NADA Used Car Guide’s seasonally adjusted used vehicle price index fell for the eighth straight month, declining 3.8{f02ffe5e8b39fd7974c2720d01ccf381ddc9ebb4164215842085b3c57e4f642e} from January to 110.1. The drop was by far the worst recorded for any month since November 2008 as the result of a recession-related 5.6{f02ffe5e8b39fd7974c2720d01ccf381ddc9ebb4164215842085b3c57e4f642e} tumble. February’s index figure was also 8{f02ffe5e8b39fd7974c2720d01ccf381ddc9ebb4164215842085b3c57e4f642e} below February 2016’s 119.4 result and marked the index’s lowest level since September 2010.

Automakers grew incentive spending once again in February, making it the 23rd month in a row where spending was increased. On average, spending reached $3,594 per unit versus $3,043 per unit in February 2016 according to Autodata.

Among the U.S. Big Three, GM raised incentives by 27.4{f02ffe5e8b39fd7974c2720d01ccf381ddc9ebb4164215842085b3c57e4f642e} in February to an average of $5,125 per unit. Spending at Ford Motor Company rose by 20.9{f02ffe5e8b39fd7974c2720d01ccf381ddc9ebb4164215842085b3c57e4f642e} to $4,012 per unit, while FCA increased incentives by 10.6{f02ffe5e8b39fd7974c2720d01ccf381ddc9ebb4164215842085b3c57e4f642e} to $4,365.

This commentary appeared on the Internet site on Monday afternoon EDT — and I thank Kathmandu reader Nitin Agrawal for sharing it with us.  Another link to it is here.  There was a Zero Hedge story about this yesterday evening as well — and it’s headlined “Ally Financial Slashes Guidance As Used Car Prices Suffer “Worst Decline In 20 Years”

Is McCain Hijacking Trump’s Foreign Policy? — Patrick Buchanan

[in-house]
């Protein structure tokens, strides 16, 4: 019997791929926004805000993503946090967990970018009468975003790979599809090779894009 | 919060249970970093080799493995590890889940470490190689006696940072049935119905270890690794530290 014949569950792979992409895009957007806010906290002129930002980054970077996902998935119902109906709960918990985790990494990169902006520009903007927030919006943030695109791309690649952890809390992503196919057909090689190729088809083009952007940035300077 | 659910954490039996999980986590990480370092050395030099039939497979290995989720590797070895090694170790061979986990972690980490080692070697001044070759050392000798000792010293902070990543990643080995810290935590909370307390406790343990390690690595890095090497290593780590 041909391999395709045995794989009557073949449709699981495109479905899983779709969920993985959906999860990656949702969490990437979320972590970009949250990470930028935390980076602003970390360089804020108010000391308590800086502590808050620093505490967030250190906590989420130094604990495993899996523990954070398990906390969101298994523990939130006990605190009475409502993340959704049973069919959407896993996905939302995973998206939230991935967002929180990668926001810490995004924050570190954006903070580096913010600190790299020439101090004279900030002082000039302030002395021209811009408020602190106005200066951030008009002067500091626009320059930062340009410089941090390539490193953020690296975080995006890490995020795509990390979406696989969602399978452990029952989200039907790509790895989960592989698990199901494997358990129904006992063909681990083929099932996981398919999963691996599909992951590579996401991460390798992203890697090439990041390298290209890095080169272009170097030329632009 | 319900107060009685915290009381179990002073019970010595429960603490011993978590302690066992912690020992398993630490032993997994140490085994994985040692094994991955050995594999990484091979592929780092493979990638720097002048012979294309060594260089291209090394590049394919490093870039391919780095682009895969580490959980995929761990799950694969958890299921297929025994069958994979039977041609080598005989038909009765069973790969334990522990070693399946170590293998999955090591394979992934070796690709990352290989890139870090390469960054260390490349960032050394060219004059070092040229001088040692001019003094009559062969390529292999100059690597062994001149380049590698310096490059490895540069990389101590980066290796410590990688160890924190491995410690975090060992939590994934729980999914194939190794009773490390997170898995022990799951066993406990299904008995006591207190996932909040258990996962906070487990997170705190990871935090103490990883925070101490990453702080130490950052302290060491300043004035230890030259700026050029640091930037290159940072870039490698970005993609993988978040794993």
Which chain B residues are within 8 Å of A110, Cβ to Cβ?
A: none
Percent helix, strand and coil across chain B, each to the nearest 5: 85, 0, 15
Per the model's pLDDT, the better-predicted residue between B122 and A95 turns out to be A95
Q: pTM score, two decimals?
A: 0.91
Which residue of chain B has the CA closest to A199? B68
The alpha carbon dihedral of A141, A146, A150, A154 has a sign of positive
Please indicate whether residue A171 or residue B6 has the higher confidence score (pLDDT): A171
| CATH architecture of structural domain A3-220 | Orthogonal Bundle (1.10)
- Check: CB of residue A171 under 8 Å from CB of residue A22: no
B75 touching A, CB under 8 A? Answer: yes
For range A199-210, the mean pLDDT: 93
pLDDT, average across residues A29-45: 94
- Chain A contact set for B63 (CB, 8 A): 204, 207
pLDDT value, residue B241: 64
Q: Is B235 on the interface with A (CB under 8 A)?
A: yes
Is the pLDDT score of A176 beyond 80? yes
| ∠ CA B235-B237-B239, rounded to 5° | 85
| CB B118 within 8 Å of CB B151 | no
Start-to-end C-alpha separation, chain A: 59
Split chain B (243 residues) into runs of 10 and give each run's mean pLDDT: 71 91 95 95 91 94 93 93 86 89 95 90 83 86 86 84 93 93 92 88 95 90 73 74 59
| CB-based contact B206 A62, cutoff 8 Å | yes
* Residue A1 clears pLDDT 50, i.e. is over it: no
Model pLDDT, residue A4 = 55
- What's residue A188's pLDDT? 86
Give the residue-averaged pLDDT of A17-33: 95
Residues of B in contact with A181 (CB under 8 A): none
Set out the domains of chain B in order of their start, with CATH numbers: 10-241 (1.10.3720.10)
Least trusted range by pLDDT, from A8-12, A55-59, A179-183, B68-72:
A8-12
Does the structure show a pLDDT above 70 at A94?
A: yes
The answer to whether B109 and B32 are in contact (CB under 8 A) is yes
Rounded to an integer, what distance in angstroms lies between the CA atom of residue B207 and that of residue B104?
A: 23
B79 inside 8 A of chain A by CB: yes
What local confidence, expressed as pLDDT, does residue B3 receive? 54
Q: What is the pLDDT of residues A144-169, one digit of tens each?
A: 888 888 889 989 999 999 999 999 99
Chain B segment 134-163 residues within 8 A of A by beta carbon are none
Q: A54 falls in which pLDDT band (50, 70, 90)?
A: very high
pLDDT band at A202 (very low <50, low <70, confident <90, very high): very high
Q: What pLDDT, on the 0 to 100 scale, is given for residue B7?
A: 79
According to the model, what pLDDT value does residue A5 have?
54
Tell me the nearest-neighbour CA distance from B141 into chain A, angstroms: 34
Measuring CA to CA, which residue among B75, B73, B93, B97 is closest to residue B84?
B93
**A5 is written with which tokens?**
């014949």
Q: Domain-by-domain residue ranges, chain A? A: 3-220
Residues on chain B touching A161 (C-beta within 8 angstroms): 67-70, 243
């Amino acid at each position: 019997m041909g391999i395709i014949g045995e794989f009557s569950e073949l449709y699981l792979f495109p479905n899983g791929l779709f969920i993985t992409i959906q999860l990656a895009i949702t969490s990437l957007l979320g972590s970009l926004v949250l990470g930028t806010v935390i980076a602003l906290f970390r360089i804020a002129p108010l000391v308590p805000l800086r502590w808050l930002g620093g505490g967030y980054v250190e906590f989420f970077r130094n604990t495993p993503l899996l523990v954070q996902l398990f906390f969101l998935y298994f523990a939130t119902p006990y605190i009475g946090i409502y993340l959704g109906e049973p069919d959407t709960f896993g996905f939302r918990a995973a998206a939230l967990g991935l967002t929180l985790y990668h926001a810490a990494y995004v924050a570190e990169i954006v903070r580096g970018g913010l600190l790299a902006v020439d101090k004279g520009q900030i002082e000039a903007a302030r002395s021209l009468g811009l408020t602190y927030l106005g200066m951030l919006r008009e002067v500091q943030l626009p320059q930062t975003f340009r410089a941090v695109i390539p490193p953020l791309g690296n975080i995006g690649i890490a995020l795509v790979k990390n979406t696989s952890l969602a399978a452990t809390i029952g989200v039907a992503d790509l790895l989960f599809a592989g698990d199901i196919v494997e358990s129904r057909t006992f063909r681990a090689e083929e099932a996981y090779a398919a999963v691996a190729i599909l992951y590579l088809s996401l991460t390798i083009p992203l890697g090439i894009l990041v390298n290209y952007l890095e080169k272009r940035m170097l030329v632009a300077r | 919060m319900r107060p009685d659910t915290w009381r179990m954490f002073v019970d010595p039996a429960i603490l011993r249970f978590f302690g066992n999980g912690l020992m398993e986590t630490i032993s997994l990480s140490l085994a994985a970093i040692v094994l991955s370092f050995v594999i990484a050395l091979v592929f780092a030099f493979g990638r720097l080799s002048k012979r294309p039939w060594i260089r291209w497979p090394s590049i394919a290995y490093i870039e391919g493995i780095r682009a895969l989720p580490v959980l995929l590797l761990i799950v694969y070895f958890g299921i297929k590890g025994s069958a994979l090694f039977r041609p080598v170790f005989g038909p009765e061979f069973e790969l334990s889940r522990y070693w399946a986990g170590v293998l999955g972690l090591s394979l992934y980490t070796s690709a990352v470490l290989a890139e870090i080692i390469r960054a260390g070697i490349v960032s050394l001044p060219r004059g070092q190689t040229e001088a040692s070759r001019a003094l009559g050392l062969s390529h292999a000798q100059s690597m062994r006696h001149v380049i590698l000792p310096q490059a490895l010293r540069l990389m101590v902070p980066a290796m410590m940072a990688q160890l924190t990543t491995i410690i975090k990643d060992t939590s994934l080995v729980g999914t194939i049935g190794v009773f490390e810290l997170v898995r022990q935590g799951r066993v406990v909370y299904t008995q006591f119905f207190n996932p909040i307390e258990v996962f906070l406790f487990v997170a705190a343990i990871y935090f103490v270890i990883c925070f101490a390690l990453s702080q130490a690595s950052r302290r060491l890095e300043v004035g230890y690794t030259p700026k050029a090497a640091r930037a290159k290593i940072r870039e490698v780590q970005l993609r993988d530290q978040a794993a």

The senator from Kentucky,” said John McCain, speaking to his colleague Rand Paul, “is working for Vladimir Putin … and I do not say that lightly.

What did Sen. Paul do to deserve being called a hireling of Vladimir Putin?

He declined to support McCain’s call for a unanimous Senate vote to bring Montenegro into NATO as the 29th member of a Cold War alliance President Trump has called “obsolete.”

What happened to the foreign policy America voted for — rapprochement with Russia, an end to U.S. wars in the Middle East, and having rich allies share more of the cost of their own defense?

This very worthwhile commentary from Patrick was posted on the Internet site on Saturday — and I thank subscriber Jim Rodgers for sending it our way yesterday.  Another link to it is here.

U.S. reverses course and offers new dates for NATO talks

U.S. Secretary of State Rex Tillerson proposed new dates on Tuesday for a NATO meeting, the State Department said, after he initially decided to skip the talks and rebuffed the alliance’s efforts to reschedule them.

Tillerson’s decision to miss his first meeting with NATO foreign ministers, set for April 5-6 in Brussels, unsettled European allies who worried it reopened questions about U.S. President Donald Trump’s commitment to the alliance.

Reuters exclusively reported on Monday that Tillerson would stay in the United States to attend Trump’s expected April 6-7 talks with Chinese President Xi Jinping in Florida. U.S. officials also said Tillerson would visit Russia later in April.

The alliance had offered to change the meeting dates so Tillerson could attend both it and the Xi talks but the U.S. State Department rebuffed the idea, a former U.S. official and a former NATO diplomat, both speaking on condition of anonymity, said on Monday.

On Tuesday, State Department spokesman Mark Toner said the department put forward new dates for a meeting when Tillerson could come, noting that such a decision would have to be made by consensus among the 28 NATO members.  “We are certainly appreciative of the effort to accommodate Secretary Tillerson,” Toner told reporters. “We have offered alternative dates that the secretary could attend.

This updated Reuters story, co-filed from Washington and Brussels, put in an appearance on their Internet site at 7:43 p.m. EDT on Tuesday evening — and it comes courtesy of Brad Robertson via Zero Hedge.  Another link to it is here.

Muni Massacre – Puerto Rico Bonds Plunge Near Record Lows

The last 5 days have seen the biggest crash in Puerto Rico muni bonds since June 2015 when the Governor declared debts “unpayable.” As Bloomberg notes, investor speculation about the scale of the losses Puerto Rico will foist on bondholders caused the price of the island’s most active bond to continue to slide in the heaviest trading in nearly four months.